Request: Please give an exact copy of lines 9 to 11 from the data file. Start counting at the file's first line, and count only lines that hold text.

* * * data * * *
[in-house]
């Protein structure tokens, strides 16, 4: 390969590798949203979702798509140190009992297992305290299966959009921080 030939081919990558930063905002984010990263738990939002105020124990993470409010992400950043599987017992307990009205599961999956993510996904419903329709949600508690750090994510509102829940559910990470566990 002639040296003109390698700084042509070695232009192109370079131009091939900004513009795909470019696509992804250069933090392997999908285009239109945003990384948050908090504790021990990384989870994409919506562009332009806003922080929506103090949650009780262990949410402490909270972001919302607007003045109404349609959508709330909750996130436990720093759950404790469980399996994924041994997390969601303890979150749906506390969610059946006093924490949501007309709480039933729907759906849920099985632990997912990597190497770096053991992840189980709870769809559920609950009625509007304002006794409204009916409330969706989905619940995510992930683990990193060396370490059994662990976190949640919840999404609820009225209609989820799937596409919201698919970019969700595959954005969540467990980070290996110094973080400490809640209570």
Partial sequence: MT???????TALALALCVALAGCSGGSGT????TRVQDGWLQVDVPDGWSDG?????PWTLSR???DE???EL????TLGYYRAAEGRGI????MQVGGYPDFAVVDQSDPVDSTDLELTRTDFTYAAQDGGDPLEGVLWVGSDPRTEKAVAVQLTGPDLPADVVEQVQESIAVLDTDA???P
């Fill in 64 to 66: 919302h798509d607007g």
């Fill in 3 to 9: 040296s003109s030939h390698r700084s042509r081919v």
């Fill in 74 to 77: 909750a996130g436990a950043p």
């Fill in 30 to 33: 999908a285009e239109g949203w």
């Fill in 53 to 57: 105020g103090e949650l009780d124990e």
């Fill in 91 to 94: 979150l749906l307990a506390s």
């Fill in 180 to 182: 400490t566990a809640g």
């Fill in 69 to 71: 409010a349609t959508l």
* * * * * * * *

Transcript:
């Fill in 91 to 94: 979150l749906l307990a506390s």
């Fill in 180 to 182: 400490t566990a809640g």
């Fill in 69 to 71: 409010a349609t959508l």